President Jimmy Carter, President G.P. "Bud" Peterson, and distinguished guests from around the world joined Ivan Allen College Dean Jacqueline J. Royster on Thursday, May 17 to introduce a spectacular exhibition of African art and artifacts to Atlanta. The signature event of the College’s Africa Atlanta 2014 initiative, this exhibition is expanding perceptions of Georgia Tech as a catalyst for Atlanta’s global engagement and economic growth.
The exhibition, Kongo across the Waters, features more than 120 historic and contemporary pieces spanning more than five centuries. It is the first American museum exhibition to deeply explore the legacy of Africa’s Kongo culture and reveal cultural connections across multiple centuries and continents. The exhibition features loans from the Royal Museum for Central Africa that have never before been exhibited in the U.S., as well as significant archaeological discoveries from the Kongo diaspora, including colonoware pottery from a recent excavation at the Dean Hall Plantation in South Carolina. Also highlighted are recent works by Steve Bandoma, Edouard Duval Carrié, José Bedia, Renée Stout, and Radcliffe Bailey, contemporary artists who draw from the Kongo artistic tradition.
The inspiration and centerpiece for Africa Atlanta 2014, the cross-cultural perspectives evoked by the exhibition, by a companion international conference Africa Beyond Africa: The Future of Cultural, Social, and Scientific Research, and by an array of activities mounted by the College and nearly 50 partner organizations, are bringing a new dimension to the international profile of Atlanta and Georgia Tech.
In remarks to the more than 300 guests who attended the opening reception for the exhibition, Georgia Tech President Peterson highlighted the extraordinary collaboration of local, national, and international partners across four continents brought together by Dean Royster as part of the initiative.
“Africa Atlanta 2014 richly embodies Georgia Tech’s strategic commitment to support the economic development of our region and global engagement,” said President Peterson. “Through the work of the Ivan Allen College of Liberal Arts and that of the many distinguished partners and sponsors of this initiative, we are helping to increase understanding of contemporary Africa and global, cross-cultural innovation bridging liberal arts and technologies.”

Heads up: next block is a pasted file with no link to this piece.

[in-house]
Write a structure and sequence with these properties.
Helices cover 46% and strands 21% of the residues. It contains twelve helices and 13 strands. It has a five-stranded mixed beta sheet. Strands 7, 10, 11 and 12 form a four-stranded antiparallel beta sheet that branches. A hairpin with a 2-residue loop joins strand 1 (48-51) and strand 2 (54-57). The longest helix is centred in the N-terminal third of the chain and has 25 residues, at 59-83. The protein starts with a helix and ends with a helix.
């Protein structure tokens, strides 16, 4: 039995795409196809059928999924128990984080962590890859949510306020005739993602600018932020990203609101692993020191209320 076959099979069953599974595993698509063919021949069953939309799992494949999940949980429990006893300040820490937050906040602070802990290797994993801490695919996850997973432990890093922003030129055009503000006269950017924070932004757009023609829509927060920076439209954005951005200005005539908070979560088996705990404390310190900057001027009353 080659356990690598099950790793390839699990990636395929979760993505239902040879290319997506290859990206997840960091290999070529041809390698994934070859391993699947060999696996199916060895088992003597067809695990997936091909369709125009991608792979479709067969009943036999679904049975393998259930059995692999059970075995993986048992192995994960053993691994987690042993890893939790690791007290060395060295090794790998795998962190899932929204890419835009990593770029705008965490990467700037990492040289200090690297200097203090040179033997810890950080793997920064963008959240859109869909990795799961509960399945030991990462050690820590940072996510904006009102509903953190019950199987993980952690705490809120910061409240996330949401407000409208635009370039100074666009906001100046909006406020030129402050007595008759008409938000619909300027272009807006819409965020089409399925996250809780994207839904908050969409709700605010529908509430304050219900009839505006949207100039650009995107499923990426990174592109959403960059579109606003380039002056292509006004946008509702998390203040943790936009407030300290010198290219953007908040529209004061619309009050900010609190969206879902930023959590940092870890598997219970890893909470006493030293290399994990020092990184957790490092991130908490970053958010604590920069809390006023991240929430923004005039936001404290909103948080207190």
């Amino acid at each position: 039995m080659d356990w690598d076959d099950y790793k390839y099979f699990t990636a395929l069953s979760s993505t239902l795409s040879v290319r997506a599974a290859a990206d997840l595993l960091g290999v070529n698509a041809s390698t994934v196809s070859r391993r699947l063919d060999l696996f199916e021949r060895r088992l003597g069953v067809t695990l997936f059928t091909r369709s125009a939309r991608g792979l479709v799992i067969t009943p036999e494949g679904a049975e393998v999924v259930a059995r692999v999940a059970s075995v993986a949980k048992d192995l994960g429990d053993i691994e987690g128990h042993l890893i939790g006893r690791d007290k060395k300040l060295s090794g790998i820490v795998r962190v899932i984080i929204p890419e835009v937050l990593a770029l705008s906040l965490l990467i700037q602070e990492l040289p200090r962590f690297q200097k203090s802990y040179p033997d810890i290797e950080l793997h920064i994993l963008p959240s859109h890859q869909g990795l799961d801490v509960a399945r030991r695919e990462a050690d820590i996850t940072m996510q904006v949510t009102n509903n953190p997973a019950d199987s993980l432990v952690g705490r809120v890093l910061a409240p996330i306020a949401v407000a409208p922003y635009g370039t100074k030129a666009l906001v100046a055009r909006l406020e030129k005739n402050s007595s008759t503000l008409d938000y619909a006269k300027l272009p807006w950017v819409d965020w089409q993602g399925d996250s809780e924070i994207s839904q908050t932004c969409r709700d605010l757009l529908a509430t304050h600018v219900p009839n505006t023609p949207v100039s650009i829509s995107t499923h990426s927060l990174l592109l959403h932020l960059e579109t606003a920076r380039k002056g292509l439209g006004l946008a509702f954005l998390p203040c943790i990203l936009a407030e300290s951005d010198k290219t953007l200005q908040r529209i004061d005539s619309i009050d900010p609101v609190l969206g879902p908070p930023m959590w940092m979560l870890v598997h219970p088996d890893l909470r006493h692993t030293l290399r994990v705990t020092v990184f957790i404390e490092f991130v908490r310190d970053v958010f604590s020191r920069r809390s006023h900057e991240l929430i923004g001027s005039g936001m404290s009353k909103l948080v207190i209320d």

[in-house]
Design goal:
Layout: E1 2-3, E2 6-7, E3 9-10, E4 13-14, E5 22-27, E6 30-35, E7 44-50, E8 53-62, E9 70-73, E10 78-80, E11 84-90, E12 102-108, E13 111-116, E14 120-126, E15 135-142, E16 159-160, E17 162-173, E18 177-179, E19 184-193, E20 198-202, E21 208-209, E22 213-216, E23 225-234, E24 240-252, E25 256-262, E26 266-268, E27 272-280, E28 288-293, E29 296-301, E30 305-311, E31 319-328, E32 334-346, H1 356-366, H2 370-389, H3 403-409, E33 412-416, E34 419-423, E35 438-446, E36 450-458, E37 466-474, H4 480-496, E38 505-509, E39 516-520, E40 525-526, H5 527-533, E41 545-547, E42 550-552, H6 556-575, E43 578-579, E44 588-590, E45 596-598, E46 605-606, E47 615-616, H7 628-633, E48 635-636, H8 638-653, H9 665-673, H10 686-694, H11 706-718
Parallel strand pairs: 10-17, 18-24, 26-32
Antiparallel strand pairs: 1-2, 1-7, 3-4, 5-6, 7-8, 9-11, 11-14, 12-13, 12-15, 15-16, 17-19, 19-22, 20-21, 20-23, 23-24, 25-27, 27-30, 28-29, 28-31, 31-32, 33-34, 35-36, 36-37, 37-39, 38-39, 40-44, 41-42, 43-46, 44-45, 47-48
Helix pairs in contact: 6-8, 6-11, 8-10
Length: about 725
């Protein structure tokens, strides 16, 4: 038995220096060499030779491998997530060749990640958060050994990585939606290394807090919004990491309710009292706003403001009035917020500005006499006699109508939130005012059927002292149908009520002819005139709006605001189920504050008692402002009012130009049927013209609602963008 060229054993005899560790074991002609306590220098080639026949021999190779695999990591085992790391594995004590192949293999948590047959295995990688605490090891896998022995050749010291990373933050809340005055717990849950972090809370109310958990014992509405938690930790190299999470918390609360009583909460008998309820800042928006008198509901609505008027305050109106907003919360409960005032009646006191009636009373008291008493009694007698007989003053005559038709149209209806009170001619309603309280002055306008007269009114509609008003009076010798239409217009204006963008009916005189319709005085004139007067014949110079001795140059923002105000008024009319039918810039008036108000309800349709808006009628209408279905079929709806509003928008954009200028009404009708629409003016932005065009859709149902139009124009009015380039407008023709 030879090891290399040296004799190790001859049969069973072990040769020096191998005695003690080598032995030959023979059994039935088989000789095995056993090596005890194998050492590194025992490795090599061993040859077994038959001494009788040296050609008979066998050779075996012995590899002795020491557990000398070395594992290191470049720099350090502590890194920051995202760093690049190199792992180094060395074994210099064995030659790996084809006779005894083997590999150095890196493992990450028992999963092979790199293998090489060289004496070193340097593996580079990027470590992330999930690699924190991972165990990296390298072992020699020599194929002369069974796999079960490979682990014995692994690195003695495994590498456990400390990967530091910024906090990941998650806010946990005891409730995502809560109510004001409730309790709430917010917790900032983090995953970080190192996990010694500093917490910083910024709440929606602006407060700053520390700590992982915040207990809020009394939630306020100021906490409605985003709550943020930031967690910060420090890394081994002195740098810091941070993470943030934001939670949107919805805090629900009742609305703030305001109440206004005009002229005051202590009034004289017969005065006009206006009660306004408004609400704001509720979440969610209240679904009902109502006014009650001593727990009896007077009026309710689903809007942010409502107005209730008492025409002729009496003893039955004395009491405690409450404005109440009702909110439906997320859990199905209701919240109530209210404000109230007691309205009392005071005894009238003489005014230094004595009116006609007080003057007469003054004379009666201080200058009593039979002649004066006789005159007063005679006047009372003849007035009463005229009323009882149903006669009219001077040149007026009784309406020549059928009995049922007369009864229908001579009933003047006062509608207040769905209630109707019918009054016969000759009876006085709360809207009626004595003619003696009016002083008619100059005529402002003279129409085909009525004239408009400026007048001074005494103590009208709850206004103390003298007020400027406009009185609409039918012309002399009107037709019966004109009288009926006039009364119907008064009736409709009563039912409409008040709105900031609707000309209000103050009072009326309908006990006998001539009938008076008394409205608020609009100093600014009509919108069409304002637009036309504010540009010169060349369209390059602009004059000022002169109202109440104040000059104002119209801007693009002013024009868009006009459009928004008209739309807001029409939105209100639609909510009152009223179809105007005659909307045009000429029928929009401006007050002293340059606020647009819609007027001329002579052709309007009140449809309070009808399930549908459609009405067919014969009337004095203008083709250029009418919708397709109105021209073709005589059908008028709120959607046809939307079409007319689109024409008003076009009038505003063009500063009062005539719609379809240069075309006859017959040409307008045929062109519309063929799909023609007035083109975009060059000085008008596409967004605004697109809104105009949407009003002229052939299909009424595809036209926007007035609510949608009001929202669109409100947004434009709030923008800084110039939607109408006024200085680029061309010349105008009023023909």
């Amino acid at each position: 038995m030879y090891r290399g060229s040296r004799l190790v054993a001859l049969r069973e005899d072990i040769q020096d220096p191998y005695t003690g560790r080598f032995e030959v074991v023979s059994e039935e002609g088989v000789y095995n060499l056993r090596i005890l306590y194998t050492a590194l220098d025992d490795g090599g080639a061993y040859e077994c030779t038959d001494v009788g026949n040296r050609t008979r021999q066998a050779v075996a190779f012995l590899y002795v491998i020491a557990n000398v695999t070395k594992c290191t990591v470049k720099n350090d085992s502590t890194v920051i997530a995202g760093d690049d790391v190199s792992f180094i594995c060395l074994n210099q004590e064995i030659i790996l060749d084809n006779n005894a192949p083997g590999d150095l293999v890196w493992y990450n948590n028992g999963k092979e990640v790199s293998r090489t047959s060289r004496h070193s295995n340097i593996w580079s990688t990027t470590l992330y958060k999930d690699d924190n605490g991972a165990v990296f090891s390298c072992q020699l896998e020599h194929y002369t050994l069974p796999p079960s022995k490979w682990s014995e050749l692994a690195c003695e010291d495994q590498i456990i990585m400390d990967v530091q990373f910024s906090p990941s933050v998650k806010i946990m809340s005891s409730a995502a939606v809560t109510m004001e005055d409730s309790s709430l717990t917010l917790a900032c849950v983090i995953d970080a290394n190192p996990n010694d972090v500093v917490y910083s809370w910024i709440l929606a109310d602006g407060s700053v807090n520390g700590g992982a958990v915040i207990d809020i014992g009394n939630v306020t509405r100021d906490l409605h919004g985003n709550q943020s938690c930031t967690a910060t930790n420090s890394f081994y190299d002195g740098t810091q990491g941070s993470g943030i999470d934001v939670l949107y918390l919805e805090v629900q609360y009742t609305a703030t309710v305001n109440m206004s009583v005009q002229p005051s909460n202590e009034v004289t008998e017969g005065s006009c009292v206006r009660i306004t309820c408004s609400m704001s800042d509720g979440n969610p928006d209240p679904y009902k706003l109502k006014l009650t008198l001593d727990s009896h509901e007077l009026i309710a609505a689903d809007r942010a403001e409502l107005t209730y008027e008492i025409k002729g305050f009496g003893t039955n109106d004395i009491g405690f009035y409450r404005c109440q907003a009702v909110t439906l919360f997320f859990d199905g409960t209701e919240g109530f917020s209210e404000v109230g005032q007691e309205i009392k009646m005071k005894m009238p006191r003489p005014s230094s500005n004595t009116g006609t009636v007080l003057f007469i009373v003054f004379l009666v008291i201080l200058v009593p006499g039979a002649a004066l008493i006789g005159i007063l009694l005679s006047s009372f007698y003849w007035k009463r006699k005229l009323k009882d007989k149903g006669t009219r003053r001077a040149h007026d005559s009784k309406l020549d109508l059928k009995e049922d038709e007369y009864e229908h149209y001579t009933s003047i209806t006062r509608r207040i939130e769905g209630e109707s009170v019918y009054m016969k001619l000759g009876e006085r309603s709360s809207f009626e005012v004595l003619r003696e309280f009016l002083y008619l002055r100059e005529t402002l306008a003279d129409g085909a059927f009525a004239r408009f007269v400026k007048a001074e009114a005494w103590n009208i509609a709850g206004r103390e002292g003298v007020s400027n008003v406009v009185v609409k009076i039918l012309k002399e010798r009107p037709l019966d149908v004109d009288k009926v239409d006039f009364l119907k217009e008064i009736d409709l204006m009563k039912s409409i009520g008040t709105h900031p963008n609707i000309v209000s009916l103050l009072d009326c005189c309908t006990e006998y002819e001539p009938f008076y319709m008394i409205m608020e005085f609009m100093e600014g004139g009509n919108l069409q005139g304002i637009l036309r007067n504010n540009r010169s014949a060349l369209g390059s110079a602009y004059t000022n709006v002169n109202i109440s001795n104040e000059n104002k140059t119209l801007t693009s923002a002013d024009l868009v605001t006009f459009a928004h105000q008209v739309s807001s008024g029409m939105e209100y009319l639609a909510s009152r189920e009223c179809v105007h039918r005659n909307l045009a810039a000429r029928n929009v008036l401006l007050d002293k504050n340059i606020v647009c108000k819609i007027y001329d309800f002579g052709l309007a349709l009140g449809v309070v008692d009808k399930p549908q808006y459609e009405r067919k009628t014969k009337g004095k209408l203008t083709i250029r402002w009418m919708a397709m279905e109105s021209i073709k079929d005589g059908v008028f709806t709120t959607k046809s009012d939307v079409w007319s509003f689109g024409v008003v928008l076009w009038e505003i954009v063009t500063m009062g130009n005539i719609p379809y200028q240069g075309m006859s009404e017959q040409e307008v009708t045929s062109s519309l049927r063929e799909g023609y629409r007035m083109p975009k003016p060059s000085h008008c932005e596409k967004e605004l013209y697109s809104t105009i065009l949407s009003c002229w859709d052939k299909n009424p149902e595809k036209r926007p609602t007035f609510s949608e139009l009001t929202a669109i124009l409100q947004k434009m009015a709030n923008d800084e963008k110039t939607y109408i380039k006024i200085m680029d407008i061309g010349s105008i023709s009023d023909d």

With a burgeoning middle class, a collective GDP on par with that of Russia and Brazil, and the world’s fastest growing youth population, Africa is an emerging global sociopolitical force and marketplace. Dean Royster views the initiative and exhibition as gateway opportunities for Atlanta and the Institute to build contemporary bonds, not only in the realms of arts and culture, but also in business and innovation, education, and global affairs including health and human rights.
“Geopolitically, Atlanta is at a critical location within the trans-Atlantic triangle of Africa, Europe and the Americas,” said Royster, who brought the exhibition to Atlanta. “We have a chance to reinvent what it means to be Southern due to continuously evolving relationships within that space and the richness of the diasporic communities that call Atlanta home — to be a pacesetting 21st-century city and a trans-Atlantic beacon.”
Numerous attendees at the reception expressed a new awareness of the Ivan Allen College and liberal arts at Georgia Tech. In addition to a tour of the exhibition, the reception included remarks by President Jimmy Carter, His Excellency Johan Verbeke, ambassador of Belgium to the U.S; Alexander Cummings Jr., executive vice president and chief administrative officer of the Coca-Cola Company who is a native of Liberia; Guido Gryseels, director general of the Royal Museum for Central Africa. The Honorable Kwanza Hall also spoke, announcing on behalf of the Atlanta City Council a proclamation recognizing Africa Atlanta 2014 “for bringing a new dimension to the city’s profile and engagement as an international city.”
President Peterson announced Beatrice Mtetwa as a recipient of the Ivan Allen Jr. Prize for Social Courage. The first woman to receive the prize, Mtetwa is a human rights attorney from Zimbabwe. The announcement of the prize during the premier event of Africa Atlanta 2014 highlighted the global affairs aspect of the initiative which includes upcoming activities focused on health and human rights. Mtetwa has fought against injustice and defended press freedom for more than 20 years. She has endured harassment and arrest as she has advocated for human rights, social justice and women’s equality and advancement.
Atlanta is the second leg of a four city tour for Kongo across the Waters. On view at the Jimmy Carter Presidential Library and Museum from May 17 to September 21, public attendance on opening day this past Saturday was robust.
Africa Atlanta 2014 and the Kongo exhibition were introduced by Dean Royster, Atlanta Mayor Kasim Reed, and Belgian Consul Geneviève Verbeek during a press conference at City Hall in February which can be viewed here.
Kongo across the Waters is co-organized by the Samuel P. Harn Museum of Art at the University of Florida and the Royal Museum for Central Africa in Tervuren, Belgium, and is brought to Atlanta by the Georgia Tech Ivan Allan College of Liberal Arts with the support of sponsors including the Coca-Cola Company, the Georgia Tech Office of the Provost, the Consulate General of Belgium in Atlanta, AEC Trust, Hartsfield-Jackson Atlanta International Airport and the Payne Fund.